What defines beauty?

September 20, 2010

           What defines beauty and perfection? Women have to be skinny enough to look like skeletons and shouldn’t have visible scars or wrinkles. Skinny doesn’t mean beautiful at all, however, according to media actresses are supposed to weigh less than 100 pounds and be six feet tall. Ralph Lauren is a national fashion house but its recent catalog became a hot topic. The models didn’t look proportional because their heads are bigger than their waists and hips. There was only one way to create so called beauty is by technology. Photo editors airbrushed each of the models’ extra fat, wrinkles, unwanted hair and anything that doesn’t look perfect. Ralph Lauren is not the only company that had been caught doing this. London Fog’s model Gisele Bundchen was pregnant during the time of the photo shoot but when the ads came out her belly disappeared. She looks amazing and skinny for the company’s ads but these pictures were not even close to real. Many stars are airbrushed before becoming on the front page magazine covers, while some stars that are chubby in real life became unbelievably skinny.

            Little girls and teenagers look up to these touched photos and see them as the scale of beauty. Fashion changes quickly and women continuously try to follow the trend. If that year women have to look skinny then skinny it is, if it was curvy then curvy they will become. Marry prince charming and look perfect in a dress is every little girl, teenage and adult women’s dream. The magazines set an impossible standard to look beautiful in everyone’s eyes. What women overlooked these days is that the scale to look beautiful is not based on anyone else or any magazine but yourself.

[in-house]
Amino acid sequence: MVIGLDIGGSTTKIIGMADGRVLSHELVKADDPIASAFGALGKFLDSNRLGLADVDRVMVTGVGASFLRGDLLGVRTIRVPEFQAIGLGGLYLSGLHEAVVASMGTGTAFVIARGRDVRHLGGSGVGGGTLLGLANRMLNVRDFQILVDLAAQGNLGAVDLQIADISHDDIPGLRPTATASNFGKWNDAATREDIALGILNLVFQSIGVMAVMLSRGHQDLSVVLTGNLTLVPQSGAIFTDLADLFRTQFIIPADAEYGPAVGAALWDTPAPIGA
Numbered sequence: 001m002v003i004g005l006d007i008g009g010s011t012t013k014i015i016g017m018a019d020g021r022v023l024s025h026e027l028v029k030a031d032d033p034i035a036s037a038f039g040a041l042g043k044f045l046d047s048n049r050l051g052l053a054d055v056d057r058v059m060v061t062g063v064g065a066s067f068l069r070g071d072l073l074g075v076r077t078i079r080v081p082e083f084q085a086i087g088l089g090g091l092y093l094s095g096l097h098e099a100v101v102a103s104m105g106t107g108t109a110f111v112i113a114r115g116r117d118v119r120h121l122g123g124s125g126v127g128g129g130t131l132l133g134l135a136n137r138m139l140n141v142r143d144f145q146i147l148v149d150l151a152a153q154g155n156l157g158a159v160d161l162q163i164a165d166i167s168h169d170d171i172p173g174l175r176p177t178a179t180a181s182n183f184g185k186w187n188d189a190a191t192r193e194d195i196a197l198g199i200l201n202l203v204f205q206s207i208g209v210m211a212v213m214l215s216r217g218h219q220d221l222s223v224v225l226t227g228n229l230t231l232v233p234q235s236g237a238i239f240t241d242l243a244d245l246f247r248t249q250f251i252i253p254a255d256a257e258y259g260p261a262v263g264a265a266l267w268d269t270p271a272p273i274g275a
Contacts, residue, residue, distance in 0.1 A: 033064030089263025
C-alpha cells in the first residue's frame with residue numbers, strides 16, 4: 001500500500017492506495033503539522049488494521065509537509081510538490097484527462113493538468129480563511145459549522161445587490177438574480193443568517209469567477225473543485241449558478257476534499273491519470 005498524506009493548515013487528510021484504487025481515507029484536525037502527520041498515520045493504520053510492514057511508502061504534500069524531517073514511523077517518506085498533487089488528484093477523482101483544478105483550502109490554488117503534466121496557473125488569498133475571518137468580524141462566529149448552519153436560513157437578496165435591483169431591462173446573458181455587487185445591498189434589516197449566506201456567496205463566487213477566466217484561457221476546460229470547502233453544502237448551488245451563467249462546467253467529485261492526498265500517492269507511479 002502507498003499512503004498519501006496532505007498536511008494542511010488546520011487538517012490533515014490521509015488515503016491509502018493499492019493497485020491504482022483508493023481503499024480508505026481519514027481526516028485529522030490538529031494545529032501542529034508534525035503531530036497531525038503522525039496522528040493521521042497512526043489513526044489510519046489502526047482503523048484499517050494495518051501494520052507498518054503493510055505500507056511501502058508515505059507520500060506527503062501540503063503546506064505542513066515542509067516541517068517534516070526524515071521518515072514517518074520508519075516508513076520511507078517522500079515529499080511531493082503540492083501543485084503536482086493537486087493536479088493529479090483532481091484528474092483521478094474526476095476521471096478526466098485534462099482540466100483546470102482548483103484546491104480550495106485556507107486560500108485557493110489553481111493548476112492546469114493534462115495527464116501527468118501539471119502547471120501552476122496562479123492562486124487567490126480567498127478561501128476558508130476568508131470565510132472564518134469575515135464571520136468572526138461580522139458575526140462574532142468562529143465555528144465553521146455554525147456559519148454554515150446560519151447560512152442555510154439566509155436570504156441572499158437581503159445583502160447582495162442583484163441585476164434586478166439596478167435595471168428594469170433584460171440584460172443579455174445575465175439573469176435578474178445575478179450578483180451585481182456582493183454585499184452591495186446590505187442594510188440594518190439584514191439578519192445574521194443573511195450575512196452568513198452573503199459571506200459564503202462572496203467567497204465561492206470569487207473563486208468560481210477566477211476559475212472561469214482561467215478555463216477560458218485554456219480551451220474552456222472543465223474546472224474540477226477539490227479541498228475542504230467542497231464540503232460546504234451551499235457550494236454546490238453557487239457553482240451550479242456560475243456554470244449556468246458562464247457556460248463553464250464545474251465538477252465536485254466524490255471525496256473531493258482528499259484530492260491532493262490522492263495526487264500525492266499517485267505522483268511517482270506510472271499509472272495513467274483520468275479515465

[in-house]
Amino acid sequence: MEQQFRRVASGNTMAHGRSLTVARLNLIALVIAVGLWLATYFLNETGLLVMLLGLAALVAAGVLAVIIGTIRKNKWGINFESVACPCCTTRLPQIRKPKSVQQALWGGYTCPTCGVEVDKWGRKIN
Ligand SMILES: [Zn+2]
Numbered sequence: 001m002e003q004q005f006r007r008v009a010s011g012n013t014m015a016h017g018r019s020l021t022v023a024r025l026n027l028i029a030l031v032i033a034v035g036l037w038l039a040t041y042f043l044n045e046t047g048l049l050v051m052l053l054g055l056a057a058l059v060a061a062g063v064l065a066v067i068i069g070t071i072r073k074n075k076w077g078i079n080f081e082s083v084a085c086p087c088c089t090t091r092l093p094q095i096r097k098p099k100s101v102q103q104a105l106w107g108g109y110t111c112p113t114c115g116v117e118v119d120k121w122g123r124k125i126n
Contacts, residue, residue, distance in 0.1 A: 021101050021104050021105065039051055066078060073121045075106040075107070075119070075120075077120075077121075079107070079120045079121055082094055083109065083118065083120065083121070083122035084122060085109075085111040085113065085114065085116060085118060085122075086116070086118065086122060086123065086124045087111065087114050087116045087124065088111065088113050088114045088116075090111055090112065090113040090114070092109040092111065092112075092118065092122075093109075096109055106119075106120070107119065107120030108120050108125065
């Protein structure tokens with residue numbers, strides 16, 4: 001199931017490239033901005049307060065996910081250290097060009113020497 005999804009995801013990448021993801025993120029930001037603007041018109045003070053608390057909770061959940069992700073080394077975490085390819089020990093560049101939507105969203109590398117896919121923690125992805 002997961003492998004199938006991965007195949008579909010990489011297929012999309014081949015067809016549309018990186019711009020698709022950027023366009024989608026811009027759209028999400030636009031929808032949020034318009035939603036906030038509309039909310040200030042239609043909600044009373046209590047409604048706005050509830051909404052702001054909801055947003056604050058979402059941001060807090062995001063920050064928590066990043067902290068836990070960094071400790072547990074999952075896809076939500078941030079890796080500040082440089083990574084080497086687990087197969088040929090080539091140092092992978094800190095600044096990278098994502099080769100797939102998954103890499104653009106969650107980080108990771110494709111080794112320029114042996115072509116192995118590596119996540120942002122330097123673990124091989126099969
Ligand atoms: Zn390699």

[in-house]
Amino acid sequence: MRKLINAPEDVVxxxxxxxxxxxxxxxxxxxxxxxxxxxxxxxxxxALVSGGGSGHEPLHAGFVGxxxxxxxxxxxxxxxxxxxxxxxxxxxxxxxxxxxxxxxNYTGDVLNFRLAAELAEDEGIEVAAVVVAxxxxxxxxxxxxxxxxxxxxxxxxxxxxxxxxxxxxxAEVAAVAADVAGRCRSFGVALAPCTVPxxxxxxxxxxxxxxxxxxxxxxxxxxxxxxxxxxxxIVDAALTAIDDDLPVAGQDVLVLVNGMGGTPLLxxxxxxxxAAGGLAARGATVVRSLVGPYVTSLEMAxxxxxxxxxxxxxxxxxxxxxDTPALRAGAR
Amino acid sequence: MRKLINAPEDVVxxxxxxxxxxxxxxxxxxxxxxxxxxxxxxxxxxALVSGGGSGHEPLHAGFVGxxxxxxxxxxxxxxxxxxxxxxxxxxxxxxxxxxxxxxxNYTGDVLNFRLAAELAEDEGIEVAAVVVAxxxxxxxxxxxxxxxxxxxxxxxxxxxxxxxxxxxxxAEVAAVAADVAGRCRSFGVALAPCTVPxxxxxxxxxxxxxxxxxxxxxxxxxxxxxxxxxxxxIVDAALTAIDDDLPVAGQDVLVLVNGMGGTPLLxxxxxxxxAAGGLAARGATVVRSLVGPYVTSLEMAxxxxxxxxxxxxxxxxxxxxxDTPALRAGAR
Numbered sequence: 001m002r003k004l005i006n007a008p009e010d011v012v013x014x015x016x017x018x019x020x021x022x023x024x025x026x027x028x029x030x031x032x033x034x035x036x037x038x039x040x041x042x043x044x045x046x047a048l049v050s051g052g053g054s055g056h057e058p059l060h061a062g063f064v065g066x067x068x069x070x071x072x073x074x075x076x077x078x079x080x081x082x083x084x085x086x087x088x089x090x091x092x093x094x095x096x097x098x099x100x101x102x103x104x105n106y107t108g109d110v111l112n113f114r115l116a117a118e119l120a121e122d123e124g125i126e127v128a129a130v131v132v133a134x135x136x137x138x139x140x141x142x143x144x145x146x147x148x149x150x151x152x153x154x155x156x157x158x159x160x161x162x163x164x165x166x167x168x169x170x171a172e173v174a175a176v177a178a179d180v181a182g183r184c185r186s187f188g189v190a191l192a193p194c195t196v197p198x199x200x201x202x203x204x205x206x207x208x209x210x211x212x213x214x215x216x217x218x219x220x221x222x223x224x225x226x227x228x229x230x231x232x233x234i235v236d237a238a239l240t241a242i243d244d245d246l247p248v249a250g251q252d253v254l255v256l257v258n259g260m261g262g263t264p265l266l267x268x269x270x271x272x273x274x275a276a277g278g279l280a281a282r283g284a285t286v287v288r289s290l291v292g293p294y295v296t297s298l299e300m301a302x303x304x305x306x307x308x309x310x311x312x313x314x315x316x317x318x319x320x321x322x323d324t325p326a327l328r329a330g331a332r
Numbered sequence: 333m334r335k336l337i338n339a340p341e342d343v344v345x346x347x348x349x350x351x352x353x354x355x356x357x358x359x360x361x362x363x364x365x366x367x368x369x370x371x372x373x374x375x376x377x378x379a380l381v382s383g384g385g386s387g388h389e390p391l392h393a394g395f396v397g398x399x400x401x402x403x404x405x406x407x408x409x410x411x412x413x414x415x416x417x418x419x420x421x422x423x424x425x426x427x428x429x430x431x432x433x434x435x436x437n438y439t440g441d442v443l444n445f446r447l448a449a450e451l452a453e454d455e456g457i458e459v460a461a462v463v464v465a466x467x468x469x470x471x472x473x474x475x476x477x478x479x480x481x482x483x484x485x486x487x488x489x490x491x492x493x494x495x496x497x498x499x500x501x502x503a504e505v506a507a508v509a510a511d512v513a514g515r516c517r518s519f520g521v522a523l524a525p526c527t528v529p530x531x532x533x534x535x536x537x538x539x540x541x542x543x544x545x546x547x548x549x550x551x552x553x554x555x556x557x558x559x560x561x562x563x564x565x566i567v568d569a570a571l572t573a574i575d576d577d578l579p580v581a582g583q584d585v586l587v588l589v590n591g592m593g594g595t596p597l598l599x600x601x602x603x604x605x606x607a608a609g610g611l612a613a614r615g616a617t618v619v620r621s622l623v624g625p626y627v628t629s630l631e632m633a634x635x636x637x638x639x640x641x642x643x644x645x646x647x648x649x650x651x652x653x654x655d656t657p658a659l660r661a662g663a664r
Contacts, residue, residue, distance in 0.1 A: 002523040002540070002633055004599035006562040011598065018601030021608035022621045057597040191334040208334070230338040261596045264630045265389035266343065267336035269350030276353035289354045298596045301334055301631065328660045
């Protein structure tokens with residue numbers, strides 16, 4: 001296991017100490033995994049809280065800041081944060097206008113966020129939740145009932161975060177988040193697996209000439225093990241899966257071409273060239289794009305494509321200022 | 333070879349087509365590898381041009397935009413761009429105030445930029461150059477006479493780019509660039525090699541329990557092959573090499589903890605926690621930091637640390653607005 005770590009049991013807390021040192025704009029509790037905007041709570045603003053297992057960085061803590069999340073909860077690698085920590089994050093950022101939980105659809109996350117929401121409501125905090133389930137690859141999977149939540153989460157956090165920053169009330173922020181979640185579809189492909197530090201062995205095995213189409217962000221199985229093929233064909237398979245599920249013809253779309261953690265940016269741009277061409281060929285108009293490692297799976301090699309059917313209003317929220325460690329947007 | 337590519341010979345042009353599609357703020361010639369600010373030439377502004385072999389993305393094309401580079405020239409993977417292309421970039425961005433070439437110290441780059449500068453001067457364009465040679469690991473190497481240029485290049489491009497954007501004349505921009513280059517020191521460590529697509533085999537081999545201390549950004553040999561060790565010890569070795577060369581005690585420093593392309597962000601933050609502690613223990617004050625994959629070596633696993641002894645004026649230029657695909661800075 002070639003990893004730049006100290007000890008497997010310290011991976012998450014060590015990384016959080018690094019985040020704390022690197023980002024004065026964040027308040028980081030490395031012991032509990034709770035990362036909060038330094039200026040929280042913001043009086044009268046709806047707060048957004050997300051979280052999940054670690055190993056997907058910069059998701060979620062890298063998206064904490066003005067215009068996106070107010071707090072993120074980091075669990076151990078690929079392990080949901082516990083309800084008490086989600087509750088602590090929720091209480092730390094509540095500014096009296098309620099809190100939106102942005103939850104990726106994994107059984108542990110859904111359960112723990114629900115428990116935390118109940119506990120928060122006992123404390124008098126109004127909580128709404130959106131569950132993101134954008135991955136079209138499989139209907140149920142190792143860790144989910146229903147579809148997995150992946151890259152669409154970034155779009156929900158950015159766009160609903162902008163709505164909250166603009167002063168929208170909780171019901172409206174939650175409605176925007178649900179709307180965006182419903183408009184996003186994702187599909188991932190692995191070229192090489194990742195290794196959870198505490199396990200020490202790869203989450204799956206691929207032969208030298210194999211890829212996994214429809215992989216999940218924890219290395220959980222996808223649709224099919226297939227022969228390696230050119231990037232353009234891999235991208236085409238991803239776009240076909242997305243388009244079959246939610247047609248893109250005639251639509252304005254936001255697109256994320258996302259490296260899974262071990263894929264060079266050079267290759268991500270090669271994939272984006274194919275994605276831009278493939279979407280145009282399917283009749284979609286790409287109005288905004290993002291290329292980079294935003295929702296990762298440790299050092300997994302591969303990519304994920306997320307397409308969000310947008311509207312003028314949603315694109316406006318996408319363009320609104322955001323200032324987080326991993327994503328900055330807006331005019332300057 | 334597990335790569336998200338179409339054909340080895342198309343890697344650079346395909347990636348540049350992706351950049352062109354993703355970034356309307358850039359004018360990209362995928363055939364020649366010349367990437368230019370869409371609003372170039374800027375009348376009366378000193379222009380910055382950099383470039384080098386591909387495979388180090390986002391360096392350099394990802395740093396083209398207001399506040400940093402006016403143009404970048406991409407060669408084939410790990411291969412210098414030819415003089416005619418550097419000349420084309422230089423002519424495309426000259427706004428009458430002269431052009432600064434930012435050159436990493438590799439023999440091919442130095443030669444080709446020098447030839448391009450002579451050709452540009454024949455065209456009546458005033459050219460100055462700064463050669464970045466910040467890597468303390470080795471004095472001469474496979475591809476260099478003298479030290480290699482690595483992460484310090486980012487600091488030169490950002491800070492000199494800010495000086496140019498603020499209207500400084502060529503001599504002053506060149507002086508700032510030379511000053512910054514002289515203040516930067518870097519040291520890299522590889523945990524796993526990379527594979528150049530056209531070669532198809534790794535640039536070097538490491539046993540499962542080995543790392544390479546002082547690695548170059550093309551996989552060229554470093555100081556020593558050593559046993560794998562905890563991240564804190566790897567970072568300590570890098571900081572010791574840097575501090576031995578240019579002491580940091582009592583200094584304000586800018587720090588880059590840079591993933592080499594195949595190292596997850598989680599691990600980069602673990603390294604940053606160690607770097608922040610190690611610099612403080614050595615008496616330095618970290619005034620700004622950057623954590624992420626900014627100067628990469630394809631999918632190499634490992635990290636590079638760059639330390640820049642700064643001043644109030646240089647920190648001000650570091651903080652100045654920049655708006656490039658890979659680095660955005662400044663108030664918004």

Links: http://abcnews.go.com/Technology/AheadoftheCurve/11-photo-editing-flubs-digitally-altered-photo-disasters/story?id=8780937

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4 Responses to “What defines beauty?”

  1. 10allent Says:

    I do agree with this blog, however not ALL magazines touch up photos or prefer models of a dis-genuine structure.I was in Seventeen magazine to share my story of my acne struggle and how using Actutane help resolve my acne problem. Before and after pictures were places in the magazine and neither of them were retouched by the computer. So, while I do agree that some companies may only want to portray women as being stick figures, but not every company wants to portray that image.

  2. jwynne777 Says:

    That was very touching and i totally agree with what you proved about women feeling pressured to be perfect and skinny! :] good jobbbb

  3. joselya Says:

    Magazines have portrayed beauty as tall and skinny, but I think that this idea of beauty is slowly changing and more “plus size” models are getting out there, and the idea of what is “beauty” is expanding. 🙂

  4. jasminep522 Says:

    I completely agree with what you have proved about women in magazines. Little girls do look up to these models that are unbelievable skinny causing many of teen today becoming anorexic and balemic. Though all magazines dont do this to most models most do and they tend to be the ones most commonly read by teens.


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